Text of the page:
Enhancing Crowdfunding Projects with Freelancers: A Guest Post by T.R. Knight

27 January 2015 | 7 Comments

I mostly write from the perspective of a project creator, and occasionally as a board game publisher. However, I’ve never discussed things from the perspective of a freelancer.

“Freelancer” is a broad term. It applies to anyone you hire for a very specific job. Typically they’re people who have an expertise that you do not have, or sometimes they simply make your job easier. Artists, graphic designers, proofreaders, virtual assistants, etc.–these are all examples of freelancers.

To help creators better understand how freelancers work and how they can enhance crowdfunding projects, I invited frequent commenter and fellow blogger T.R. Knight to write a guest post on the subject. Thanks T.R.!

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My name is T.R. Knight, and I am a freelance editor/proofreader. Having worked on quite a few Kickstarters recently, I wanted to give you some insights from a freelancer’s perspective. Freelancers are supplemental staff for you, the publisher. Our desire is to help you succeed in your creative endeavors. We are blessed to work on various projects for different publishers, and you benefit from our varied experience and availability.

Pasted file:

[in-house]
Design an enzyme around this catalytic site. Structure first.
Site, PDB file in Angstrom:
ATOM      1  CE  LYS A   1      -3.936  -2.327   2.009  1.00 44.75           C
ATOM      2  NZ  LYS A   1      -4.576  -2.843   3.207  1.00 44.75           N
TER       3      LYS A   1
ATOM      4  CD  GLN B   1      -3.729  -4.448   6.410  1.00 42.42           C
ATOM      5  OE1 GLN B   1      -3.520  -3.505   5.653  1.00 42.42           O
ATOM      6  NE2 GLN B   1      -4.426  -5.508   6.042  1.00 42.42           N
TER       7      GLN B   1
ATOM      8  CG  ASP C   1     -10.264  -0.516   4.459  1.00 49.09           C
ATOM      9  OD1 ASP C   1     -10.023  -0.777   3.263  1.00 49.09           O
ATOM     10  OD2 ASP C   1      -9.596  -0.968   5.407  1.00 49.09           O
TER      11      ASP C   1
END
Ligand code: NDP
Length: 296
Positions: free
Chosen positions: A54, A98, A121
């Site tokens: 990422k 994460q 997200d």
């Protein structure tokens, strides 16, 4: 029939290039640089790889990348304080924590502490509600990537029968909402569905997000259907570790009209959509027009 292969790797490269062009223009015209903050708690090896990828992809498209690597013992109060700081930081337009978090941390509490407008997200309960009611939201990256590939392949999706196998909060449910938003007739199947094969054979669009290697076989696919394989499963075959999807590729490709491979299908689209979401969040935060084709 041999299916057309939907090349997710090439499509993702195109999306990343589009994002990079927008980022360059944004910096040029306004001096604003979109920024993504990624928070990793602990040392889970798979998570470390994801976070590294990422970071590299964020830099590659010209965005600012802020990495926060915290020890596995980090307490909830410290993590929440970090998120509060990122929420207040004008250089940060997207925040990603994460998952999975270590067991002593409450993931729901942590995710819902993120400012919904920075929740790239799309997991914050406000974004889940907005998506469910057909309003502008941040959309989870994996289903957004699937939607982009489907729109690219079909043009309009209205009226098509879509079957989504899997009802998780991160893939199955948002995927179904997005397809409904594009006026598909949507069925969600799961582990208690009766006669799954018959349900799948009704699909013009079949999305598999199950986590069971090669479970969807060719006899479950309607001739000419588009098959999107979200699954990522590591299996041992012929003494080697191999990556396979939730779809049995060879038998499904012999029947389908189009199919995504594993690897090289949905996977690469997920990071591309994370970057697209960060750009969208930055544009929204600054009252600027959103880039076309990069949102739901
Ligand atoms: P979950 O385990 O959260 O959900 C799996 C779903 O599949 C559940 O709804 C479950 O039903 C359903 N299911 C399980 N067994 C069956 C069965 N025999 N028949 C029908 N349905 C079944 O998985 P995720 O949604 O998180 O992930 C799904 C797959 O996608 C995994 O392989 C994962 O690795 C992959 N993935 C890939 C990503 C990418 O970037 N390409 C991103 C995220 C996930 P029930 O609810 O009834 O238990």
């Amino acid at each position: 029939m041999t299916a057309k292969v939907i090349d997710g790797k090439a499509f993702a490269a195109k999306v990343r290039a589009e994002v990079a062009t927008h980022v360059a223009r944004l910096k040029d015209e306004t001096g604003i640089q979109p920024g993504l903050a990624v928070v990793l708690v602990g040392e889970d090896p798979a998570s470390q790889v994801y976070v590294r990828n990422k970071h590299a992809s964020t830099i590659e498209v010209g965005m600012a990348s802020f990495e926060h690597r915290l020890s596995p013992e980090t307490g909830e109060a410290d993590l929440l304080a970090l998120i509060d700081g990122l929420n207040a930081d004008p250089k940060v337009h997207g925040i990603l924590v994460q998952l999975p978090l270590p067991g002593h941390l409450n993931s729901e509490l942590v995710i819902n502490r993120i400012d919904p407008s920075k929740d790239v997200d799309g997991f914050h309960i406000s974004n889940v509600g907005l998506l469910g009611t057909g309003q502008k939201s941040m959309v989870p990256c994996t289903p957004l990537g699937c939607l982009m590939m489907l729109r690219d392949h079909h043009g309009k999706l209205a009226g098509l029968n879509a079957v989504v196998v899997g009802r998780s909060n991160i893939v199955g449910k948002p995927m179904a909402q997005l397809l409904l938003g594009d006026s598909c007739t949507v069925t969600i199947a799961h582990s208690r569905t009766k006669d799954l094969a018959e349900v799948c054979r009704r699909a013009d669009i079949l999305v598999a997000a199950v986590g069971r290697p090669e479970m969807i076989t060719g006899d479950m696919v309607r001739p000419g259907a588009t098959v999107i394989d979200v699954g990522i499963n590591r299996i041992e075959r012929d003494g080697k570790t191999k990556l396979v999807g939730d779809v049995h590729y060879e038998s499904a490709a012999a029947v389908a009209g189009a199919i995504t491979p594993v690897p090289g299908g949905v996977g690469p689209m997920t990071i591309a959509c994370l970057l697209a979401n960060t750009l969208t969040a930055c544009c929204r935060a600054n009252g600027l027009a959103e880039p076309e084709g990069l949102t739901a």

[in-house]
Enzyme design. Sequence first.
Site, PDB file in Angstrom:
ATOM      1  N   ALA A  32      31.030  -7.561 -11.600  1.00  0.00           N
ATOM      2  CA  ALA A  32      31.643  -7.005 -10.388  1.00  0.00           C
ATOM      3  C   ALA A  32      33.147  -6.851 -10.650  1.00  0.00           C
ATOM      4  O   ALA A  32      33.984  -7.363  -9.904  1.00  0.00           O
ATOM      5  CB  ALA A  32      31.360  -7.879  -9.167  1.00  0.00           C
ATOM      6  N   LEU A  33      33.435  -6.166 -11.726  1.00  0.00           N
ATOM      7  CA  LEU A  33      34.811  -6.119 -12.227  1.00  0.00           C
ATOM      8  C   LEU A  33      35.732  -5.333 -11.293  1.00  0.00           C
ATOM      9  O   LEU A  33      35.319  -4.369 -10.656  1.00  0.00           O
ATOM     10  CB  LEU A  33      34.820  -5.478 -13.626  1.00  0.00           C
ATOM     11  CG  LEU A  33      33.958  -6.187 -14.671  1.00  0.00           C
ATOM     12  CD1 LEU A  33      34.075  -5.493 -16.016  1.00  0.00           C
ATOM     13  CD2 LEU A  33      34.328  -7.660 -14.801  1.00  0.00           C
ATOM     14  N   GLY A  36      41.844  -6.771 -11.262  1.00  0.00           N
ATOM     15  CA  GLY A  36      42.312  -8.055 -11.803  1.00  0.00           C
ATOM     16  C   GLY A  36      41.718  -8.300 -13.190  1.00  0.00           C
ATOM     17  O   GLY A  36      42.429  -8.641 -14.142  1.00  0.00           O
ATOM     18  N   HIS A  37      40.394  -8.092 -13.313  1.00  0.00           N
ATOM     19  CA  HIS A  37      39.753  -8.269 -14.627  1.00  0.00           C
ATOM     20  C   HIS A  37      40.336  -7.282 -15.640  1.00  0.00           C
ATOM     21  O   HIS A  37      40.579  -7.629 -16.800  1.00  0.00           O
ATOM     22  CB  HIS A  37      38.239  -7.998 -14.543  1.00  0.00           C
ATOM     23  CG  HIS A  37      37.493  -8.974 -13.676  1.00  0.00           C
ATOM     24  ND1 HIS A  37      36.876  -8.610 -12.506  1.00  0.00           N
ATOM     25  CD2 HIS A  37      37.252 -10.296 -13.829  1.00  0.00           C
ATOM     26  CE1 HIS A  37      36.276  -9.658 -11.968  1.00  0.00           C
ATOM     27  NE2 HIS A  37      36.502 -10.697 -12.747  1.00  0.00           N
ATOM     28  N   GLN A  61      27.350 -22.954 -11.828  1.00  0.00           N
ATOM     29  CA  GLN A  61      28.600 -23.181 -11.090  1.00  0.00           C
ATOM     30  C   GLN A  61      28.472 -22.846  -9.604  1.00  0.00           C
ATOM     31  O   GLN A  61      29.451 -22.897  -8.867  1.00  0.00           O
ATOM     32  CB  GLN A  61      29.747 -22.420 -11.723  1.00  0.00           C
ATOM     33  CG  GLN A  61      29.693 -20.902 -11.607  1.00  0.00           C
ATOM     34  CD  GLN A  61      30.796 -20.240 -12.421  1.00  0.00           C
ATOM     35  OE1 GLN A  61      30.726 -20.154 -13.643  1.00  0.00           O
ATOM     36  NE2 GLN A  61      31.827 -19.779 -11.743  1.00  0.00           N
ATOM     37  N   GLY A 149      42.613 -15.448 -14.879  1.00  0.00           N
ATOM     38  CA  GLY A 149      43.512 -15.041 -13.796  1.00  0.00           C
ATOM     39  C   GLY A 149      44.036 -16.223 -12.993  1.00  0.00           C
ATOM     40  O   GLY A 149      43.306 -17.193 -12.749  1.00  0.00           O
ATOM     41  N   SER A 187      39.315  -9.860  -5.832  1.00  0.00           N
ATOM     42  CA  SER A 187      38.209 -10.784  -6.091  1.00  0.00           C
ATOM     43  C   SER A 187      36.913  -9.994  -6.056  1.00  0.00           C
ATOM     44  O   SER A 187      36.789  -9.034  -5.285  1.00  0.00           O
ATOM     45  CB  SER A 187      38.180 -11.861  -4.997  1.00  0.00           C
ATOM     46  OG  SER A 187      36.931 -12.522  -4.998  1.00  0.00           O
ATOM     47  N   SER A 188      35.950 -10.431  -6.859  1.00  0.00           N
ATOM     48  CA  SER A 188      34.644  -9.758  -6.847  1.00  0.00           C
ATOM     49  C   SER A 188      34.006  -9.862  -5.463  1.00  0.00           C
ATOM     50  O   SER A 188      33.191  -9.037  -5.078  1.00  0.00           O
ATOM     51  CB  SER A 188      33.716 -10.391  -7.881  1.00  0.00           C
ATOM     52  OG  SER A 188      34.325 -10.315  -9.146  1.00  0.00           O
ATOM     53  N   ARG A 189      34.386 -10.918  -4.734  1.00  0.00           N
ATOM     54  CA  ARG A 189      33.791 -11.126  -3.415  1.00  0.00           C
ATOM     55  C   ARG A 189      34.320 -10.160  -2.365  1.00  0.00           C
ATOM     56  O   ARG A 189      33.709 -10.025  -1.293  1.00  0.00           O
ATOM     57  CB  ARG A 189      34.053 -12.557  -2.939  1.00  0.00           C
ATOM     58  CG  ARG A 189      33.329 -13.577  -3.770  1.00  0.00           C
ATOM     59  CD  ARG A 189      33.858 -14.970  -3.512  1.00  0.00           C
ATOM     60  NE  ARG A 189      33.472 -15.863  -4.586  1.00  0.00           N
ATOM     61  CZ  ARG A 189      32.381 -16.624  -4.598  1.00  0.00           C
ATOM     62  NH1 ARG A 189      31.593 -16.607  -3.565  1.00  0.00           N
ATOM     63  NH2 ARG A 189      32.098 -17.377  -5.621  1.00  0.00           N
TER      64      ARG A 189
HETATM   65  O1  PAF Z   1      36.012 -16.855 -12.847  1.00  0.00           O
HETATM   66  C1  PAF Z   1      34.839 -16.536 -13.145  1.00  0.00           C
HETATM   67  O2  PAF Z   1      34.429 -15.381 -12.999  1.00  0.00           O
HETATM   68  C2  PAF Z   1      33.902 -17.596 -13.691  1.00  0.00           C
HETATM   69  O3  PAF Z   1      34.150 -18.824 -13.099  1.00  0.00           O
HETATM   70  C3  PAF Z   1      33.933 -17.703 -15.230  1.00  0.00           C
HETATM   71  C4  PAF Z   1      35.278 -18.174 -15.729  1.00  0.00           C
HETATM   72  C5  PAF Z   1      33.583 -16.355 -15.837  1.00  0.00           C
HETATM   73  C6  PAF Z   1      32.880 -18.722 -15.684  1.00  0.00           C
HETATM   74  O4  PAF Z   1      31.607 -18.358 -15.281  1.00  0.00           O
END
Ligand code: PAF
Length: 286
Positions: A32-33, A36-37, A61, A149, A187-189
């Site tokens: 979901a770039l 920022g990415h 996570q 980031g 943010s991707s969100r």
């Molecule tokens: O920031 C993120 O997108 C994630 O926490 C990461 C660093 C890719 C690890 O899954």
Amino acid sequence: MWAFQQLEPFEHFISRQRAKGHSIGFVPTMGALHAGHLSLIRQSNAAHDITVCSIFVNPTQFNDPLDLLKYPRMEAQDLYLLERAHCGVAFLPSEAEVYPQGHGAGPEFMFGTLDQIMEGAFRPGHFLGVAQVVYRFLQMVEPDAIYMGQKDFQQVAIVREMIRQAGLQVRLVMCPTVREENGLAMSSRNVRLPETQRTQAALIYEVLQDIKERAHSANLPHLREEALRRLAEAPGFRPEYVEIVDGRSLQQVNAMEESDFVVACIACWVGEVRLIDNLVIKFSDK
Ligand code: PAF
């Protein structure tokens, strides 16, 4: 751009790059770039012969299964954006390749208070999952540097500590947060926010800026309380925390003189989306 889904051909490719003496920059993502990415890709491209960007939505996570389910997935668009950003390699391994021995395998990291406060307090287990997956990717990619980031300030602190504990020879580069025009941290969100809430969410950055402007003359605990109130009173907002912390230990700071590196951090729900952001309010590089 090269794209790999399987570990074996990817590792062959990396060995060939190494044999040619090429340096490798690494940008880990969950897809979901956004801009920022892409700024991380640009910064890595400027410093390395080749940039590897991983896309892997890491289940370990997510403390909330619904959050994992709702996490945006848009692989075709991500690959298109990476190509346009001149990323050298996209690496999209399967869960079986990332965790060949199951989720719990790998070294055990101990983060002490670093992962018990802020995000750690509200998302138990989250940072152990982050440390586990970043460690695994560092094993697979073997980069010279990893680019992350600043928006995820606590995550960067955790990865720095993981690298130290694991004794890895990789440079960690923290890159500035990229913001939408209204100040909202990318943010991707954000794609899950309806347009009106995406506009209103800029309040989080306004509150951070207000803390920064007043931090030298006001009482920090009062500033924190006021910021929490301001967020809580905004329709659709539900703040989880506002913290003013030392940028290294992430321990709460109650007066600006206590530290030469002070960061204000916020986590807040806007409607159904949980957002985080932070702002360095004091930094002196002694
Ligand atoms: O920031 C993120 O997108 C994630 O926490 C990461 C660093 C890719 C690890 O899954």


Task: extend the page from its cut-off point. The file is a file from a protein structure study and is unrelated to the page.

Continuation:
Working as a freelancer on Kickstarter projects is very satisfying but can also be very challenging. The excitement of working on a successfully-funded project is a joy for the publisher and the freelancers. The question to ask is, “Can freelancers enhance the Kickstarter?”. I have experienced three ways a freelancer is involved in a Kickstarter, each with its own challenges.

  • Plan Ahead For Freelancers – I have regular update meetings and open email dialogues with a publisher I work with often as a freelance proofreader of novellas, RPGs and tabletop games. He keeps me in the know on upcoming projects and Kickstarters he has planned. I really appreciate this advanced notice, even though the jobs will not be for several months. Knowing allows me to clear my schedule for those specific weeks in anticipation of the incoming project, and it also gives me a reason to follow the project to do what I can to promote its success.